“We need to waive the visas and welcome the refugees,” she said, adding that swifter economic sanctions were needed against Vladimir Putin, to “to strip this kleptocracy of its source of power – its wealth.”

“It should disquiet us all that so many of those in this (Tory) government are recipients of large donations from Russian sources.. the influence of that dark money was not far away when it came to Brexit either,” she added.

Brexit continues to “destabilise relations between the UK and the EU even at this critical time as well as our politics much closer to home.”

“It is a painful irony that those who most avidly pursued the hardest possible Brexit, refusing every possible alternative to the protocol, are the same people who are now bemoaning most loudly the impact of the Brexit they chose and the Protocol they made an inevitability,” said Ms Long.

Stephen Farry, Alliance deputy leader and MP for North Down, said the public needed to accept that Russian sanctions in the wake of its war on Ukraine would “not be painless for our economy too.”

“But much more is at stake,” he said. “A full spectrum of sanctions should have been imposed much earlier to maximise deterrence. But we now need to have the strongest suite of sanctions possible.”

The UK is “falling behind” Western allies – including Ireland – in imposing sanctions and its humanitarian response, he said, adding that “the influence of dirty Russian money must be driven out of London.”

“We are facing a massive humanitarian crisis and the biggest movement of people in Europe since the end of the Second World War.”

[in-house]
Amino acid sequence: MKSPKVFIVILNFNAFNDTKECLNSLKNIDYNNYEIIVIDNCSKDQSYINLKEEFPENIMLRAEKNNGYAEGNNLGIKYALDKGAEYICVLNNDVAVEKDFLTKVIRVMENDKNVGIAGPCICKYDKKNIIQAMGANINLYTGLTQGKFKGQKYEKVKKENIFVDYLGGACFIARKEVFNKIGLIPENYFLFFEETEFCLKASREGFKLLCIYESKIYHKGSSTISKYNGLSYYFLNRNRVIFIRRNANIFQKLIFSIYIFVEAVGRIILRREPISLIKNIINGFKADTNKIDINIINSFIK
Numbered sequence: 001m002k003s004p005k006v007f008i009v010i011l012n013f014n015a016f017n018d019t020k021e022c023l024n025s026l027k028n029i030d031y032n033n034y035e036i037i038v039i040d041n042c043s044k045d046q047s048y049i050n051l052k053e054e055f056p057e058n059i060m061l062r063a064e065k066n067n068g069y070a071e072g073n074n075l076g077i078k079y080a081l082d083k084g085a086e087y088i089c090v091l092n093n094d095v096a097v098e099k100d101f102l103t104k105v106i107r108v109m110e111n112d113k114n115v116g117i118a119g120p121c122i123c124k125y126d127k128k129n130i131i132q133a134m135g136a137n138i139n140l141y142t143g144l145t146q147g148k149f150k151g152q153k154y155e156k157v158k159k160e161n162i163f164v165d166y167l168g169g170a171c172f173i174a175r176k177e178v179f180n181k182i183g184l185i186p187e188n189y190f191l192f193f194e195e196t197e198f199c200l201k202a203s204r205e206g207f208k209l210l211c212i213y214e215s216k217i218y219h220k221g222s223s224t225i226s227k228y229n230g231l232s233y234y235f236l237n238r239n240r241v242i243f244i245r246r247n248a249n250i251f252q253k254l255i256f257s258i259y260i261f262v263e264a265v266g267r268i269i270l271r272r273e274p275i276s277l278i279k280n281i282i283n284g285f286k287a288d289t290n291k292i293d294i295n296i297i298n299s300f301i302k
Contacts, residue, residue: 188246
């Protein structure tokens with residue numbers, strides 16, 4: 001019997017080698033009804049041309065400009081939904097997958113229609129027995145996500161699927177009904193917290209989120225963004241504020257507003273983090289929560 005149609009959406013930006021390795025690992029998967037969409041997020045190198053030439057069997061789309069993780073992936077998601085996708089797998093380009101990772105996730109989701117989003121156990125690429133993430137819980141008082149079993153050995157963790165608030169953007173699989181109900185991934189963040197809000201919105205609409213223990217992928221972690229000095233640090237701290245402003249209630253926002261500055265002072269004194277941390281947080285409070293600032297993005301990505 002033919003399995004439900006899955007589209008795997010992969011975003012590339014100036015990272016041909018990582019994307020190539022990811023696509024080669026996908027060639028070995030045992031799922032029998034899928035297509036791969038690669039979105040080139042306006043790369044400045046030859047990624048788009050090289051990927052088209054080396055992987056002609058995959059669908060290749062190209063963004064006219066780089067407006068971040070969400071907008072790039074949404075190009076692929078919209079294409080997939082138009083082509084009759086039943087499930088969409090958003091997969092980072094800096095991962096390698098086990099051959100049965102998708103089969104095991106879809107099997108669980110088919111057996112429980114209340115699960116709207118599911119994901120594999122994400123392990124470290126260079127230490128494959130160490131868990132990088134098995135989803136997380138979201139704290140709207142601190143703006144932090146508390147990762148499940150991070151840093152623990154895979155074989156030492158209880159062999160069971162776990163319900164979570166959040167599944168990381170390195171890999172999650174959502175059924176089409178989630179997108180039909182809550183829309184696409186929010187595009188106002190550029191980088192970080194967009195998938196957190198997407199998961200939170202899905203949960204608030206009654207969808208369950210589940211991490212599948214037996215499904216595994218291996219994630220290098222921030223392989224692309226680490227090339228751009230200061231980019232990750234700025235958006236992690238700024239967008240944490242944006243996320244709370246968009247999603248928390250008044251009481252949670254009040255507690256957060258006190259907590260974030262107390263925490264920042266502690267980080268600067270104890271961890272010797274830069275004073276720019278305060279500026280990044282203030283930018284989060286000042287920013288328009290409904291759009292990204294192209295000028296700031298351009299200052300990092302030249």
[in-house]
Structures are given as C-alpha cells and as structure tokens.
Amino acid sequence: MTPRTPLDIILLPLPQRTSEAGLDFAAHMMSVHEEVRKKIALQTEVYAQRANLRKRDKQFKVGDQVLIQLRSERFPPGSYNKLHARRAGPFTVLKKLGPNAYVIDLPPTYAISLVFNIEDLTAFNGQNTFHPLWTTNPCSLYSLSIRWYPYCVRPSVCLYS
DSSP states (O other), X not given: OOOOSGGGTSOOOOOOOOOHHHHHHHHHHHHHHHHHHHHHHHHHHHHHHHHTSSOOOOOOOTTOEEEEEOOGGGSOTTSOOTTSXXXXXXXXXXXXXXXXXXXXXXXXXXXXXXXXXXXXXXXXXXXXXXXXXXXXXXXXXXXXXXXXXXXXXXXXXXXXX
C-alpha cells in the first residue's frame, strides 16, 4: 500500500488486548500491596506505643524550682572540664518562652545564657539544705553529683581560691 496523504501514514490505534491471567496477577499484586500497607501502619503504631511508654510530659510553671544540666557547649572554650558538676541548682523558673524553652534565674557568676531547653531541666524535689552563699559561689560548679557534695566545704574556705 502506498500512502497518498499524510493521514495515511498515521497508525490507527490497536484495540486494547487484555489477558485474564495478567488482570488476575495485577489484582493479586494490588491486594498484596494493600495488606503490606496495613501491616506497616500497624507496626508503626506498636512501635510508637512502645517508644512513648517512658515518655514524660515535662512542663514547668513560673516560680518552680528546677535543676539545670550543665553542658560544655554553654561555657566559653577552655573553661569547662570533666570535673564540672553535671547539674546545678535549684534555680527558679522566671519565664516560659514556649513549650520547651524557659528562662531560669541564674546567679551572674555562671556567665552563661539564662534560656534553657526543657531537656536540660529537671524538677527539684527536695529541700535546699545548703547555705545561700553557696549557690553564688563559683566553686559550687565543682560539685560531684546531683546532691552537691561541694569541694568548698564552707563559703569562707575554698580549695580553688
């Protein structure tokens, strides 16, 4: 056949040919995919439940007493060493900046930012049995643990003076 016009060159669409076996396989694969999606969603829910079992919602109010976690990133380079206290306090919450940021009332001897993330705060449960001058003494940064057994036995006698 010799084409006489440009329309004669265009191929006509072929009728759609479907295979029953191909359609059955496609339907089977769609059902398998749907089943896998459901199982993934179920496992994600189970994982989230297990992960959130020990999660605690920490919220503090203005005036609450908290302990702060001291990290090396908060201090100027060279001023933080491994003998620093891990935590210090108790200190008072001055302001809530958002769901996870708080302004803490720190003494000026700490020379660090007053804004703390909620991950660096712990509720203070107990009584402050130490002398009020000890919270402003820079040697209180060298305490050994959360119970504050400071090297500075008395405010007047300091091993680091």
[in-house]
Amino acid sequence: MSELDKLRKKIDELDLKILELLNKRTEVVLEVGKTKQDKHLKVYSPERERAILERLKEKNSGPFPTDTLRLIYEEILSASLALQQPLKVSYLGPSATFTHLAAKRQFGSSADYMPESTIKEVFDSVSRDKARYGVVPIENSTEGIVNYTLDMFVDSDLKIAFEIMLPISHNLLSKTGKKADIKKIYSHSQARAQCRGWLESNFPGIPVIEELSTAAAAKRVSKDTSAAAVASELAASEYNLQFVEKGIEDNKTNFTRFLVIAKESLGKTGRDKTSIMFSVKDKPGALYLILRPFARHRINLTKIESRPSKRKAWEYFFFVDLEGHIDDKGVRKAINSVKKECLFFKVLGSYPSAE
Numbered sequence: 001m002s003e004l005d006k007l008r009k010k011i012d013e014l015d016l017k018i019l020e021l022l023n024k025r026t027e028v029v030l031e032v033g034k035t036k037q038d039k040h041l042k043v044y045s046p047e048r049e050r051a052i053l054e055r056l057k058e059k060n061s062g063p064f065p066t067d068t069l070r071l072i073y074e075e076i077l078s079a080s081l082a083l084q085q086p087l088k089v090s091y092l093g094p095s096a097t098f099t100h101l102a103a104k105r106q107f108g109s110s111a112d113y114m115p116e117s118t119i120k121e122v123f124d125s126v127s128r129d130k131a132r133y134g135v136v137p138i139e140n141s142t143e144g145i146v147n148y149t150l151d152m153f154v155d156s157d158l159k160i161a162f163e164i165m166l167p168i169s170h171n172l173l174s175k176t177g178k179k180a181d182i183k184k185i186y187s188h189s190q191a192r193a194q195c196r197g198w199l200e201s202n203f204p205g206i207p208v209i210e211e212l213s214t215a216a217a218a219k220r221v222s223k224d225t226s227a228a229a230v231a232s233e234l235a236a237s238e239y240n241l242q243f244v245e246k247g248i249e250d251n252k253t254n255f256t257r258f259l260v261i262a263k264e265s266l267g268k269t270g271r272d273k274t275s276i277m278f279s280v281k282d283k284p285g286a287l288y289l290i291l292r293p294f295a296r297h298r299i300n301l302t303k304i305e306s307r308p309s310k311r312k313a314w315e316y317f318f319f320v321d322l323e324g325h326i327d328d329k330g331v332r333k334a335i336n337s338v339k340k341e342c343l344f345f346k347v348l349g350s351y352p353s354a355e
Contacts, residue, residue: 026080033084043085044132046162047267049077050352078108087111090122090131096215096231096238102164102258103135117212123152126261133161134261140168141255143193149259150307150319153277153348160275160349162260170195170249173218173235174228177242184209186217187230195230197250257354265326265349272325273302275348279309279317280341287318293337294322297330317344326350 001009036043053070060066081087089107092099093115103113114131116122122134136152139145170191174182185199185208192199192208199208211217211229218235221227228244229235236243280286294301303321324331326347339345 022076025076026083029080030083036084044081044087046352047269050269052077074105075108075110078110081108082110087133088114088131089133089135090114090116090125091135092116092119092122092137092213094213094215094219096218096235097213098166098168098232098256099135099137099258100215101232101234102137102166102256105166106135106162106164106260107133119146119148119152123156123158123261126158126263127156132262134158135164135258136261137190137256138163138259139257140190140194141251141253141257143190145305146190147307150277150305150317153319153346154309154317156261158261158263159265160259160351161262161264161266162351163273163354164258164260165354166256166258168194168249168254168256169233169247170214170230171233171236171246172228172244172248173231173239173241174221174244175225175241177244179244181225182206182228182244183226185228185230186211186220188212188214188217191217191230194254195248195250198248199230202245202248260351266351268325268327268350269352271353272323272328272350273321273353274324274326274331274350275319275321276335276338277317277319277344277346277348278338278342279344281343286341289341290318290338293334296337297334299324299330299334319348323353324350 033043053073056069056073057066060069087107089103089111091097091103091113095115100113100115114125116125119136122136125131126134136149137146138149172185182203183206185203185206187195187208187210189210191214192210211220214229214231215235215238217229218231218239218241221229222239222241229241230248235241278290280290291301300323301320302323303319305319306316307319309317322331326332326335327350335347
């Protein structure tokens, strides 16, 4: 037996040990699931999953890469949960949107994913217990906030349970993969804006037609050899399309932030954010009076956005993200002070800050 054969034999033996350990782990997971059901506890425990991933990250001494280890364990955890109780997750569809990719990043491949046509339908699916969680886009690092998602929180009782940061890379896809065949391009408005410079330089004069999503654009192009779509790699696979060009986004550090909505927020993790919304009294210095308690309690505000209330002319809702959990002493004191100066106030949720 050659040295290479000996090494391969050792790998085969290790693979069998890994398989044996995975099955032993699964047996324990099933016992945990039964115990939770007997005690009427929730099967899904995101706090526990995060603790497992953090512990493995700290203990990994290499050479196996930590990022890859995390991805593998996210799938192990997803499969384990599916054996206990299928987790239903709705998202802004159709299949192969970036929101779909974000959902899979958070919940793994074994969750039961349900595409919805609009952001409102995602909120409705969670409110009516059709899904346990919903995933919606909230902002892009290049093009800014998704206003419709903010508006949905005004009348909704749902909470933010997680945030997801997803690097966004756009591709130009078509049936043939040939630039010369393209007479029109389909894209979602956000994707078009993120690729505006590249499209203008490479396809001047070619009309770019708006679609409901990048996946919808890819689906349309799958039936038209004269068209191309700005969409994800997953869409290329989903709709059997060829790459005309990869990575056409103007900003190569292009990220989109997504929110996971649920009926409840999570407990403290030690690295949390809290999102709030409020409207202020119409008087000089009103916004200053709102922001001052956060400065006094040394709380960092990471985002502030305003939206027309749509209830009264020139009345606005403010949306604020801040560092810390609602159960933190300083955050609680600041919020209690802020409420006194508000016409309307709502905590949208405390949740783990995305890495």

Mr Farry said he has warned British prime minister Boris Johnson that housing refugees fleeing the invasion can not be left to Eastern European countries alone.

“But he didn’t want to know,” he said.

“Today, the UK response is shamefully falling short of what is being offered across the European Union, including notably from Ireland which has opened its doors.

“Our message to the Home Office is: Stop waving flags. Waive Visas.”

On the Northern Ireland Protocol post-Brexit trading arrangements, Mr Farry said “there is no such thing as a good or sensible Brexit” and that it posed “major and multiple” challenges to the region.

“We want Northern Ireland to re-join the European Union at the earliest opportunity,” he added.

“Pending this development, we want the closest relationship possible with the EU.”

The protocol – opposed by unionist leaders because it puts a de facto trade border in the Irish Sea – was an “inevitable consequence of the UK’s choices” around the type of Brexit it wanted, he said.

Alliance are “protocol realists” and didn’t want to see “any borders or lines on map”, but in the absence of an alternative “the only course of action is to try and make it work.”

The North has “greater economic opportunities than other parts of the UK due

to our ability to have unfettered access to both the Great Britain and European markets for goods” under the Protocol, he said.

“This relative opportunity must be exploited fully. But at present it is not,” he said.

Alliance wants to “protect the limited dual market access to Great Britain and the European Union currently available to Northern Ireland”, Mr Farry added.